How Accurate is Carbon Dating?

Table of Contents


When browsing the internet for the next cool thing that scientists are getting up to, you must have stumbled across an article or two about the Earth’s past. Maybe it was a story about a   fossil that tells you about how animals have evolved into the ones we see today! Or the discovery of an ancient species that doesn’t even exist anymore! Surely, you must have found yourself wondering: how can scientists tell how old these fossils really are?


Much of the practice of science is built on using the right kind of tools to answer your questions, and one very useful tool for archeologists and geologists is radiocarbon dating.

So, what is radiocarbon dating?

Scientists use a method called radiocarbon dating to learn about the world’s past. Credit: Wikimedia/Nils Knötschke

With some organisms it’s quite easy to tell how old they are. If you’re curious about the age of a tree, you can count their rings. What about the rest?


A fossil that has been buried under the earth’s surface has its own internal clock. In order to read this internal clock, scientists use a method called radiocarbon dating, or carbon dating for short.

A bit about carbon

Do you know what you have in common with every other living thing that ever was and ever will be? You’re made up of carbon! Reaching into the atmosphere, plants take up carbon dioxide and use it to form complex organic molecules. In search of nutrients, animals seek out plants to eat and in turn take up carbon too! But here’s the thing; there’s more than one form, or isotope , of carbon.
The carbon-12 isotope. Credit: Wikimedia/Inkspace

It helps to remember that atoms are made up of things like protons, neutrons and electrons. The majority of carbon atoms have 6 neutrons with 6 protons. This is the carbon-12 isotope, named for the total of neutrons and protons. It makes up over 98% of all carbon atoms.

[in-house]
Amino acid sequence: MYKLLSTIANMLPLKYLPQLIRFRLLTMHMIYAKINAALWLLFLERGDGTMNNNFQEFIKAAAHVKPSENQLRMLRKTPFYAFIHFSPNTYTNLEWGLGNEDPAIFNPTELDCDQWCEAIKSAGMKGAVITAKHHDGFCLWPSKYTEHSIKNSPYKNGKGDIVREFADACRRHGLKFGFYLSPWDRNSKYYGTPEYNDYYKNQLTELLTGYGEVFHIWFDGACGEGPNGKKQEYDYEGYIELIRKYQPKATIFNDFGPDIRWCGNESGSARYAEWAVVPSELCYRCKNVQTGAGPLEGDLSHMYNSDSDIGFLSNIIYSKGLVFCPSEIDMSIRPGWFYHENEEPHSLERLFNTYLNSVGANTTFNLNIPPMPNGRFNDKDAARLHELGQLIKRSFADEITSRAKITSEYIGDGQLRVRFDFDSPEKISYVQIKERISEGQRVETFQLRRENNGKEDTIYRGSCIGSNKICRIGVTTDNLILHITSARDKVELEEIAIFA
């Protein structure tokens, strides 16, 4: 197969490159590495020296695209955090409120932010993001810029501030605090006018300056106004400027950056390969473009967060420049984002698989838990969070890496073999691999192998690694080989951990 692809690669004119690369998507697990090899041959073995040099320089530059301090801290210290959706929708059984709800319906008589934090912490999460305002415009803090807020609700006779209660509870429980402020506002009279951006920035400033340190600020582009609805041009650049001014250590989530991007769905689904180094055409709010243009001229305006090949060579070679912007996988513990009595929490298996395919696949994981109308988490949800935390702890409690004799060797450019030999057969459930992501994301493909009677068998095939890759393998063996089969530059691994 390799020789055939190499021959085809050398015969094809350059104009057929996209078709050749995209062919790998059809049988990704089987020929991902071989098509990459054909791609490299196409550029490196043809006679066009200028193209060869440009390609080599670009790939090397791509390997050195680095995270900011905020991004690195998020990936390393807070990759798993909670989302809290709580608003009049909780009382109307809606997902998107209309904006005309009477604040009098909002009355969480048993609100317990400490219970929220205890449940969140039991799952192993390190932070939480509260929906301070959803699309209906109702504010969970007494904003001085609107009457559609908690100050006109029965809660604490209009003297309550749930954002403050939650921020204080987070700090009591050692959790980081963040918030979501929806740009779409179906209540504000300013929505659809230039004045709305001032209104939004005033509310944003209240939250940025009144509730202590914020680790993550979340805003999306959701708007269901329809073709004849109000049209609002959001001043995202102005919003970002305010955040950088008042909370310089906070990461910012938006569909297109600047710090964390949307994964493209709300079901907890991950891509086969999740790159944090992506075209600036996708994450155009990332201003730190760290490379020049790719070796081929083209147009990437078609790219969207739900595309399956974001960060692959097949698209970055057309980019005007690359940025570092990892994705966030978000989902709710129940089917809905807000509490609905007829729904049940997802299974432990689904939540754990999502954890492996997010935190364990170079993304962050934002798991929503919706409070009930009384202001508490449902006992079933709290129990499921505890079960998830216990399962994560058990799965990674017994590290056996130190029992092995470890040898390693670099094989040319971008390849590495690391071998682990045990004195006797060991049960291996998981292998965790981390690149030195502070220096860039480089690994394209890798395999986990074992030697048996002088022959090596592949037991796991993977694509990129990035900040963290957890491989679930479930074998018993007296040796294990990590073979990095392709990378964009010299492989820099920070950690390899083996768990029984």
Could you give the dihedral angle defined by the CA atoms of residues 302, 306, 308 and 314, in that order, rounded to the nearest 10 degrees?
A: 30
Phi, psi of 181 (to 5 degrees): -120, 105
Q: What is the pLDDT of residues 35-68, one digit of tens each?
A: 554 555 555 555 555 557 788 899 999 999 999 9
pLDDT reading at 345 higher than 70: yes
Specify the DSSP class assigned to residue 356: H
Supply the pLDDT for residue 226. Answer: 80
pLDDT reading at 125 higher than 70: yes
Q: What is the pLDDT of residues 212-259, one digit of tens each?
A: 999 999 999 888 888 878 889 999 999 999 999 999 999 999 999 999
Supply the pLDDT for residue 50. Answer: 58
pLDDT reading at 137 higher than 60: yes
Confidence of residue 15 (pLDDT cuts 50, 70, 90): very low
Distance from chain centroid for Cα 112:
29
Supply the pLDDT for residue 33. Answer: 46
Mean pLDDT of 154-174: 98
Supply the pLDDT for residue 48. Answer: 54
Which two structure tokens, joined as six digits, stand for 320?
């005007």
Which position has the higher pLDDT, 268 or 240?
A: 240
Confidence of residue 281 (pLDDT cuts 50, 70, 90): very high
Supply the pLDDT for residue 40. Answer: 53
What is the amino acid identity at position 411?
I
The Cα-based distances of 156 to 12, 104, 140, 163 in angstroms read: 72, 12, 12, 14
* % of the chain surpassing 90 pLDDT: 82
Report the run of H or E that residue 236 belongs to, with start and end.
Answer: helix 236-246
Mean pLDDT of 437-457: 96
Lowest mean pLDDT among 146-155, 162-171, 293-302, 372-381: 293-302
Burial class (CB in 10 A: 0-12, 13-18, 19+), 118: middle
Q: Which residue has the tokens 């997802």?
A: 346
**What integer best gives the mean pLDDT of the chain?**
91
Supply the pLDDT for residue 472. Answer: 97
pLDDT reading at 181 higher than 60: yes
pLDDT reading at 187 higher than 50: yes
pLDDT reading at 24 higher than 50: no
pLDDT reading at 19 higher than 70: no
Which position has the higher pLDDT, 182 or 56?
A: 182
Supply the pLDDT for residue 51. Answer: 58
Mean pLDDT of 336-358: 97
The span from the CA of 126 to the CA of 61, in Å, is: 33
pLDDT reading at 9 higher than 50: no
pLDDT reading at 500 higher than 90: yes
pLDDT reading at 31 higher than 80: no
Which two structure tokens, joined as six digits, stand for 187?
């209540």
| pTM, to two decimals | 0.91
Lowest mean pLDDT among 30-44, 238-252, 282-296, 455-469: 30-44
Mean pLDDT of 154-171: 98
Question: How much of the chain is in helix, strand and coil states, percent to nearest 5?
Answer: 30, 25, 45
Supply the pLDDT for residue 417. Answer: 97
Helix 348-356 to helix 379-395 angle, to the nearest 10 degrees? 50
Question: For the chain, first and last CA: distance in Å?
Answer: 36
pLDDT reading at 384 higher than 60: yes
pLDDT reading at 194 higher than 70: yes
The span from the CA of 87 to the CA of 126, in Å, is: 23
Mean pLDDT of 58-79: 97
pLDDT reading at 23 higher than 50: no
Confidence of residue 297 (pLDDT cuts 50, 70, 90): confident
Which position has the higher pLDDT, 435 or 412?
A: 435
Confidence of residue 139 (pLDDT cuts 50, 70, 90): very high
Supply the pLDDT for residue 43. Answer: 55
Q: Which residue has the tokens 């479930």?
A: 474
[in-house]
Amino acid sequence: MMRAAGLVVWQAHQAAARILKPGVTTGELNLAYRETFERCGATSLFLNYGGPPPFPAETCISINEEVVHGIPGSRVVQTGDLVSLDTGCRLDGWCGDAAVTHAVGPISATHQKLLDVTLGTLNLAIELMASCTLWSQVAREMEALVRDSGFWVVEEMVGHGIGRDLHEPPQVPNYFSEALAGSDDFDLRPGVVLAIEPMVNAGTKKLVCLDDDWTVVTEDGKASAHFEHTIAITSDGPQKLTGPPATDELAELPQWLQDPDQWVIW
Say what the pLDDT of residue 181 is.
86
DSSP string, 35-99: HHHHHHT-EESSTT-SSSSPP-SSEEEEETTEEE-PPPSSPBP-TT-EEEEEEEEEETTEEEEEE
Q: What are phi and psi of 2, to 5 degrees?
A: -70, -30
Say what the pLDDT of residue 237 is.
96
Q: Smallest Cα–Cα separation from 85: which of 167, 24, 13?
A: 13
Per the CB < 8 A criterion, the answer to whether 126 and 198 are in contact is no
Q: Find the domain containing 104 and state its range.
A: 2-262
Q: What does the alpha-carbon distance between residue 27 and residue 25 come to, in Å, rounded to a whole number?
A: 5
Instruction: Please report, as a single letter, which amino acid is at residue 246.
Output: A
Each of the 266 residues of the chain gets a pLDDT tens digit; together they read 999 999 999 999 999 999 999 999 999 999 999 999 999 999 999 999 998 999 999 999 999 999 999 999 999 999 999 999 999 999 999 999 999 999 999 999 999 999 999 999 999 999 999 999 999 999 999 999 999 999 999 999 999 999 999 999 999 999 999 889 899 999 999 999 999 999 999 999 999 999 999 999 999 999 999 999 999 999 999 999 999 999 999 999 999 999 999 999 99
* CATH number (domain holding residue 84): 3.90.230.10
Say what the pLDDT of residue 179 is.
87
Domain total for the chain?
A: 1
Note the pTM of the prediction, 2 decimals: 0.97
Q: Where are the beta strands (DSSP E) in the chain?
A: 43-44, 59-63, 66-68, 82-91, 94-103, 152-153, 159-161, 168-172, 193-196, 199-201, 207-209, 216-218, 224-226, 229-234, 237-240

The carbon-14 isotope. Credit: Wikimedia/Inkspace

Another important kind of carbon that’s formed naturally is the carbon-14 isotope. High in the earth’s atmosphere, when high energy cosmic rays hit nitrogen atoms the cause the atoms to gain a neutron. Yes, you read that right: nitrogen. Now, this newly-formed nitrogen atom isn’t very stable with all this new energy, so it quickly drops one of its protons. Now it’s given rise to a whole new, more stable atom: the carbon-14 isotope, with 6 protons and 8 neutrons. (Nitrogen to carbon? Isn’t science amazing?)


Since we aren’t all too fussy about what kind of carbon we get, plants generally use a bit of carbon-14 isotopes as well as carbon-12 to make their compounds. As we move up the food chain, so do these carbon isotopes. So, all living things contain a lot of carbon-12 atoms, but also a significant amount of carbon-14. Now, why is this important, you ask? It’s all about the half-life

Did you say half-life?

When we spoke about the high energy nitrogen atoms that give rise to carbon-14 isotopes, we said that these nitrogen atoms aren’t particularly stable. Well, it turns out the carbon-14 isotope isn’t completely stable either!
The decay of the carbon-14 isotope. Credit: Wikimedia/Kurt Rosenkrantz

Carbon-14 atoms undergo a process called a beta-decay


Since these carbon-14 isotopes aren’t fully stable, over time they lose one of their electrons, and their extra neutron turns into a proton…now giving rise to the stable nitrogen 14 atom! (Now we’ve gone back to nitrogen from carbon; way to go, Science!)


Carbon-14 decay happens all the time. When this decay happens within living beings, the amount undergoing decay is offset by how much new carbon-14 is taken in. Something different happens after an organism dies. Since it isn’t possible to take in new carbon, the amount of carbon-14 isotope decreases and, most importantly, it happens at a steady rate! We know that it takes around 5,700 years for half of a sample of carbon-14 to decay into nitrogen-14. This duration is what we know as its half-life.


Back in 1946, Dr. William Libby and his lab proposed a creative method of looking at organic matter by measuring the ratio of two different types, or isotopes, of carbon atoms. Since carbon-12 is stable and doesn’t experience decay, and we know the rate of decay of carbon-14 atoms, all we need to do to predict the age of our fossil is to measure the ratio between the amount of carbon-12 isotopes and carbon-14 isotopes. This method helps us piece together an objective and more precise story of the lives lived thousands of years ago. In fact, Dr. William Libby went on to win the Nobel Prize, since he knew exactly how to make sense of this molecule called carbon!